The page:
Irish consumer sentiment suffers largest monthly drop on record

FILE PHOTO: A man walks his dog near a closed bar, as the spread of the coronavirus disease (COVID-19) continues, Dublin, Ireland, March 29, 2020. REUTERS/Jason Cairnduff/File Photo

DUBLIN (Reuters) – Irish consumer sentiment suffered its largest monthly drop on record in April, a survey showed on Thursday, demonstrating the scale and speed of the economic collapse unleashed by the coronavirus pandemic.

Ireland has shut bars, restaurants and non-essential retail outlets in stay-at-home restrictions put in place on March 29 that are due to run until at least May 5 and have already more than trebled the unemployment rate to 16.5%.

The KBC Bank consumer sentiment index nosedived to 42.6 from 77.3 in the previous sampling undertaken from March 3 to 10, before the gradual shutdown of the country began. It was the sharpest month-on-month decline in the survey’s 24-year history.

It was also the second survey this month to show a record monthly fall after a collapse in activity reported by the services sector.

The sentiment reading was slightly above the series’ lowest mark of 39.6 recorded in July 2008 when Ireland was among the countries hardest hit by the global financial crisis that pushed it into a three-year international bailout two years later.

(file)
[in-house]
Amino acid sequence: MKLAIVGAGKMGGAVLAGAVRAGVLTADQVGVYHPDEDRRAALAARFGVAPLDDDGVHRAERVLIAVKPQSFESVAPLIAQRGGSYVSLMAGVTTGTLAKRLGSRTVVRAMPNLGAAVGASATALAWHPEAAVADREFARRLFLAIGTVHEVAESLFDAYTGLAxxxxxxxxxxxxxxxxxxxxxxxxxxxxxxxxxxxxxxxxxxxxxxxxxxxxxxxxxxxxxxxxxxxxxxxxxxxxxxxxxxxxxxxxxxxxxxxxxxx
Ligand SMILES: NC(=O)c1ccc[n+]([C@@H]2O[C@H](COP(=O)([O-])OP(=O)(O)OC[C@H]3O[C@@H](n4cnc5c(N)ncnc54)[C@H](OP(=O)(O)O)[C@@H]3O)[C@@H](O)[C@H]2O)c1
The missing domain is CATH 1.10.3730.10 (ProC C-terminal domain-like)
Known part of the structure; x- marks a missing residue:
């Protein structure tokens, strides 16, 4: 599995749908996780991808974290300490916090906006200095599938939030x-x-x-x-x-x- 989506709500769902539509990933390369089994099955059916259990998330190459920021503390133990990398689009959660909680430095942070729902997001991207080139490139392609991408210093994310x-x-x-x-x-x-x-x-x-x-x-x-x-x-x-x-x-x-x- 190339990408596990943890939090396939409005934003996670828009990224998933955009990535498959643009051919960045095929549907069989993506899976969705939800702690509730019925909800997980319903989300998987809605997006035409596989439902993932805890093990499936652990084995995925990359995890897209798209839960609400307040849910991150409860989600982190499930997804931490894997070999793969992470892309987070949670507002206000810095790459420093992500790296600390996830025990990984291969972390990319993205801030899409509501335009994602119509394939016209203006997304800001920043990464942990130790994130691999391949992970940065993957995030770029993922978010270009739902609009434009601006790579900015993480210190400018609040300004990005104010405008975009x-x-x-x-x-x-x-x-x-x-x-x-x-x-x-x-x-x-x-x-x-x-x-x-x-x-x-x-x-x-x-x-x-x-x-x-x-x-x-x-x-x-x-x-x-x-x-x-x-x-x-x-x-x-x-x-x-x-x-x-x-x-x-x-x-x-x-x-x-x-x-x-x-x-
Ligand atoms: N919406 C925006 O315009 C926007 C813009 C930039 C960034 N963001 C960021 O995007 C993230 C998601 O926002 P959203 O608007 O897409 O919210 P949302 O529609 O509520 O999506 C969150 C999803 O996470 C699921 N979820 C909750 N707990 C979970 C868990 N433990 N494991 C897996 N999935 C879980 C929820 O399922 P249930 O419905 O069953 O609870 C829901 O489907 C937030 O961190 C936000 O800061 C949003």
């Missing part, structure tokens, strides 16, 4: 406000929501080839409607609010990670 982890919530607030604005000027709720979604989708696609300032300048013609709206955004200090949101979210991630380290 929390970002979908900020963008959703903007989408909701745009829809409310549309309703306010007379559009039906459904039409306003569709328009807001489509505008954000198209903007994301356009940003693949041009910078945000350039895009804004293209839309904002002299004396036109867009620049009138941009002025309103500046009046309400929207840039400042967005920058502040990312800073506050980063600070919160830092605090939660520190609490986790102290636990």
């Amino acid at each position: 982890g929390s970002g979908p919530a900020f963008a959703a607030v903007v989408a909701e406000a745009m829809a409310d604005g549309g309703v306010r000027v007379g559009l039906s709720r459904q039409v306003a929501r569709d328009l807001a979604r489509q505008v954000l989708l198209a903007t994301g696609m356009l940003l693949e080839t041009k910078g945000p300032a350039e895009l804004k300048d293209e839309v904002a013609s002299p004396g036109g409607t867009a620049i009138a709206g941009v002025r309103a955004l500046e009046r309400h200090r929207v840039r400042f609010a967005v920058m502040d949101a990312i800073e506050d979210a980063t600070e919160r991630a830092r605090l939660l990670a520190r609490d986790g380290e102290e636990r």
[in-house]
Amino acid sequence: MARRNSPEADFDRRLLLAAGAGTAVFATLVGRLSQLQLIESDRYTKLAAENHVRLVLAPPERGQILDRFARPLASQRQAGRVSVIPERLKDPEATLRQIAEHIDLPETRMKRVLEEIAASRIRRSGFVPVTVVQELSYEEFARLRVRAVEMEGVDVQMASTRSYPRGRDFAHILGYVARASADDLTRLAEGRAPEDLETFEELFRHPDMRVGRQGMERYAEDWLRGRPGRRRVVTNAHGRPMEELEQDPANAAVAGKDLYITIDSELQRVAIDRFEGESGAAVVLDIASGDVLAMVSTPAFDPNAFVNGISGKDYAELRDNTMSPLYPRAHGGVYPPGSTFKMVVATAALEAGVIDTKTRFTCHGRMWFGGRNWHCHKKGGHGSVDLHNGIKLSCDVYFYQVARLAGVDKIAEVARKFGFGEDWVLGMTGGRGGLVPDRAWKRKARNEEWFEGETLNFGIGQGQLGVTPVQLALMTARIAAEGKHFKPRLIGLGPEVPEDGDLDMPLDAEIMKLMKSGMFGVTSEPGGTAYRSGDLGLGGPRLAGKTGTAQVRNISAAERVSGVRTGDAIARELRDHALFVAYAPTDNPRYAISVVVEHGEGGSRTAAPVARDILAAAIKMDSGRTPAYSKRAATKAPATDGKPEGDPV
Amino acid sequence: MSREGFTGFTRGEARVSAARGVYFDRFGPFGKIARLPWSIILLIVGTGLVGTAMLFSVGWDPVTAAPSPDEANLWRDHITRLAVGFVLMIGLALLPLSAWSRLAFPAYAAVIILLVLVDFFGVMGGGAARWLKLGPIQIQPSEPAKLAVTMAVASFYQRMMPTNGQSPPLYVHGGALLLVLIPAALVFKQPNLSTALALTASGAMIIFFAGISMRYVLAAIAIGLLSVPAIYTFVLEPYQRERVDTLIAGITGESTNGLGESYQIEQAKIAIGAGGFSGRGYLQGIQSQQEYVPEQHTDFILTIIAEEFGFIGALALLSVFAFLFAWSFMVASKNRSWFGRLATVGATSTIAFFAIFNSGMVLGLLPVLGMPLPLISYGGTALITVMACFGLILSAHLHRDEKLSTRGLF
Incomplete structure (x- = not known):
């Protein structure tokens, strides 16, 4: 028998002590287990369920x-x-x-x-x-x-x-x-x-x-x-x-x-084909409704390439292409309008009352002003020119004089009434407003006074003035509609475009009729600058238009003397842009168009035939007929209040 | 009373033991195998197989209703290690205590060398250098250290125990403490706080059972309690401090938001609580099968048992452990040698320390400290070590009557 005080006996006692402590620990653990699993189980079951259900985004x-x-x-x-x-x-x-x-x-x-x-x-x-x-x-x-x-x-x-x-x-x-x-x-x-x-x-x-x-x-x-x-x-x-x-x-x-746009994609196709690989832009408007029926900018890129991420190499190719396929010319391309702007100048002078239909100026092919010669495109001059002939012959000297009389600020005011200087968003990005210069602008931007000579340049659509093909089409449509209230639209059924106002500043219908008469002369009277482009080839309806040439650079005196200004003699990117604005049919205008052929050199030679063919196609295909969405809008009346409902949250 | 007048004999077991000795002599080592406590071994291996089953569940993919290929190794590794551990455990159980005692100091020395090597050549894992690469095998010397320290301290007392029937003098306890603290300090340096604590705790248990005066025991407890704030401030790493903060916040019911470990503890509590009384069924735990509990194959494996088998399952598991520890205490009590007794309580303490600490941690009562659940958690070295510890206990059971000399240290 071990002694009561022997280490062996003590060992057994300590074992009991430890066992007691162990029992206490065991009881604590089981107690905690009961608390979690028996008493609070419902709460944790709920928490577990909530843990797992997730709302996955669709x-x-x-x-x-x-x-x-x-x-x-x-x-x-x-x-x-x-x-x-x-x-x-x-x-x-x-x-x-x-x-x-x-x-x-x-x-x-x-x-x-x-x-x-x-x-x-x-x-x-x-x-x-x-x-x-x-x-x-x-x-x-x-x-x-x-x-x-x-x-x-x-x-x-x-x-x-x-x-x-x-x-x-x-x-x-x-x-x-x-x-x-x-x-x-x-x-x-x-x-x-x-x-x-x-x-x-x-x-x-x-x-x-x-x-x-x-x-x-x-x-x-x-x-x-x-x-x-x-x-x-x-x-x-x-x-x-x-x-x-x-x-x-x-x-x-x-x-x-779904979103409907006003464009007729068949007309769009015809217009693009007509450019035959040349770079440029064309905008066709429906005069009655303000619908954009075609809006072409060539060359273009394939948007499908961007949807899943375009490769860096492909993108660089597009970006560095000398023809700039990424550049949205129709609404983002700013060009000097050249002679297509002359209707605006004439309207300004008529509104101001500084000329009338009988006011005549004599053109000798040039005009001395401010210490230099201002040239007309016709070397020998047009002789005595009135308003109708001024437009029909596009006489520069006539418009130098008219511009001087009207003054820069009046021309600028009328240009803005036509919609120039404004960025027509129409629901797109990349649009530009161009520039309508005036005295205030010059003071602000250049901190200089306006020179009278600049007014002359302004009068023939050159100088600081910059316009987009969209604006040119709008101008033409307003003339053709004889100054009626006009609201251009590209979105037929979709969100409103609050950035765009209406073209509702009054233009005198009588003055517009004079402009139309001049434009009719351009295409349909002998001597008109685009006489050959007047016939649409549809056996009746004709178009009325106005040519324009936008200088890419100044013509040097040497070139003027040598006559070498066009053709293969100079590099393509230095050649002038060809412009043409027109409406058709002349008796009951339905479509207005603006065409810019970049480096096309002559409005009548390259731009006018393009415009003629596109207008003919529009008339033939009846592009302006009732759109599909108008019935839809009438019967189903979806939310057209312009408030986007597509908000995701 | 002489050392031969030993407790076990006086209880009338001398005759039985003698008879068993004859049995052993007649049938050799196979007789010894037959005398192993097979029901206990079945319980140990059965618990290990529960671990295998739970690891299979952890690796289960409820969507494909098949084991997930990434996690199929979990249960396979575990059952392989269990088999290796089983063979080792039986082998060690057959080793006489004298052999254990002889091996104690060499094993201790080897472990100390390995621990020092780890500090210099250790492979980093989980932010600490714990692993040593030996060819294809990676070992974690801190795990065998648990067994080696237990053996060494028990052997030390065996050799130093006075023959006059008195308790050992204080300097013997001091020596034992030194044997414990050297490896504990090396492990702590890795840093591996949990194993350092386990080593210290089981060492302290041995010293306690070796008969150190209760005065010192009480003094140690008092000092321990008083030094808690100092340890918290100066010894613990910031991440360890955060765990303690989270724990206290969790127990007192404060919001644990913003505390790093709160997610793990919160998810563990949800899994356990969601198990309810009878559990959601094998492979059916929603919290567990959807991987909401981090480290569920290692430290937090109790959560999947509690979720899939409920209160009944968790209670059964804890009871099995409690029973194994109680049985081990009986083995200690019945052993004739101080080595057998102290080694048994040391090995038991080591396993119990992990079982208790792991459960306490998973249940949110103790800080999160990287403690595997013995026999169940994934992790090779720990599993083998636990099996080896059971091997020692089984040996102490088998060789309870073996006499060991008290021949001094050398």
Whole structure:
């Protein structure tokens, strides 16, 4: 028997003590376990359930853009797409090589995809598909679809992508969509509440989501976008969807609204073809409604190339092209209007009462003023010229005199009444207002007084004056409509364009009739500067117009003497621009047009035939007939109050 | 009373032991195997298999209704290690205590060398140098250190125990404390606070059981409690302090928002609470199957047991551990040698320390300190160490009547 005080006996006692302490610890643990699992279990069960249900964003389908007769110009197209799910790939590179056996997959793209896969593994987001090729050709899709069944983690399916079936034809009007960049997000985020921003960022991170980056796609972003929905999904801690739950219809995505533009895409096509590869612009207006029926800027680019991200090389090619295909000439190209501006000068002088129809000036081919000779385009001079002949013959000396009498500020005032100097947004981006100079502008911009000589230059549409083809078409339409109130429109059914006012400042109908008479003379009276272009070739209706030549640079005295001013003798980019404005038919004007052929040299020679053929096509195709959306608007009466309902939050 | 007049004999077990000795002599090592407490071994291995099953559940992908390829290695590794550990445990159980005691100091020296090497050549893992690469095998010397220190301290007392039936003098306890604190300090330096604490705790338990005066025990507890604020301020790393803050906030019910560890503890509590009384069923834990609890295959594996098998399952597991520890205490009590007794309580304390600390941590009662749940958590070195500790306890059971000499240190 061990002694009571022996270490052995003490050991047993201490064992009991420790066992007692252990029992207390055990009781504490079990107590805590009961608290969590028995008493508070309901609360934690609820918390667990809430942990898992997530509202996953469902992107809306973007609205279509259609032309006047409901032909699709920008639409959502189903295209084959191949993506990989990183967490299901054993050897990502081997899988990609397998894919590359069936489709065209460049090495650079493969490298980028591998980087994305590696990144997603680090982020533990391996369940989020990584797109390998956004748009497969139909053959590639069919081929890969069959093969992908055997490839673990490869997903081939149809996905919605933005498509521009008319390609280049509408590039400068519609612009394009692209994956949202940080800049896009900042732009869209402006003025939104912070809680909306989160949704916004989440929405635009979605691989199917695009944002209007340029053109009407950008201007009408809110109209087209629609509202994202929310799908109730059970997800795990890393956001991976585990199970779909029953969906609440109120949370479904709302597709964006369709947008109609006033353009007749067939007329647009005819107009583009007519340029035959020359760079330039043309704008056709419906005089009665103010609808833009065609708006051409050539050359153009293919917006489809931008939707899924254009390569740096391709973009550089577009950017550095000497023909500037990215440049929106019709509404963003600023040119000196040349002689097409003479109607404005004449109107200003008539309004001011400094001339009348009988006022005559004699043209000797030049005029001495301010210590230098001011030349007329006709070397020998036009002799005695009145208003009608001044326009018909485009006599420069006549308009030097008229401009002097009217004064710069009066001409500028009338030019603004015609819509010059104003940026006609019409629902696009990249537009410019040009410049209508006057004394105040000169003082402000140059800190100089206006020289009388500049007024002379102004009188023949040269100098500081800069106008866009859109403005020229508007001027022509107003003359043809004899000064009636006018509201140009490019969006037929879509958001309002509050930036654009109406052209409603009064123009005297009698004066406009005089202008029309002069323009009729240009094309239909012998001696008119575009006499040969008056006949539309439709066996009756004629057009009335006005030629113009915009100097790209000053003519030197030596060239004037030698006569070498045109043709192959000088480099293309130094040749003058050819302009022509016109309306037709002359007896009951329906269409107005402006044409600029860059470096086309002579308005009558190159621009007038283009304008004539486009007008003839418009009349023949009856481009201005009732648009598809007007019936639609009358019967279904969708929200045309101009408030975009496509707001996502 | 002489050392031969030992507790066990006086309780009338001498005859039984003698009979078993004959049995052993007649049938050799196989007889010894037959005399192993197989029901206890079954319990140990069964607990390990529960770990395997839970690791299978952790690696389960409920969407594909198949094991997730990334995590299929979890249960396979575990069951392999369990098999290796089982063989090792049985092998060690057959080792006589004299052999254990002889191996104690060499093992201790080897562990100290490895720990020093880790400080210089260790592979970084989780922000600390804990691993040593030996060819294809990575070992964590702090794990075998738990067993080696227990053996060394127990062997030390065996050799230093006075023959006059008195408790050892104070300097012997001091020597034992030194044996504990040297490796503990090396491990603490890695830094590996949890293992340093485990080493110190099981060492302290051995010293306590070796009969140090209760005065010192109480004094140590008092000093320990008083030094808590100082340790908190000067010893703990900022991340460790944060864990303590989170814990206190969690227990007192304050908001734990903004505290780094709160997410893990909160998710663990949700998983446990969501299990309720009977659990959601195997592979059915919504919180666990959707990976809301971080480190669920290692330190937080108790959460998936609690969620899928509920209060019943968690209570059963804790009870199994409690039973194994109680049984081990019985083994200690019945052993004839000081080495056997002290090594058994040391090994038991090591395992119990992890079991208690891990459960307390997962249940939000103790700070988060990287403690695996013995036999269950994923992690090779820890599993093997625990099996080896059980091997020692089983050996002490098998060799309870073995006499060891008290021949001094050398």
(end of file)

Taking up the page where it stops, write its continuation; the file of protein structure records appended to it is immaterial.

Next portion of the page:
The scale of the drop this time around suggested the capacity of Irish consumer spending to move back to a positive path “may depend critically on the scale, scope and speed of policy actions to re-start economic activity”, Austin Hughes, chief economist at KBC Ireland, said.

“Expectations are still slightly above the low point of the previous crisis, presumably reflecting a judgement that the current crisis is finite in nature,” Hughes said.

“The details of the sentiment survey underline the scale of difficulties now being felt. Only one in 20 see their financial circumstances on an improving trend at present compared to one in five at the start of the year.”

Reporting by Padraic Halpin; Editing by Peter Cooney

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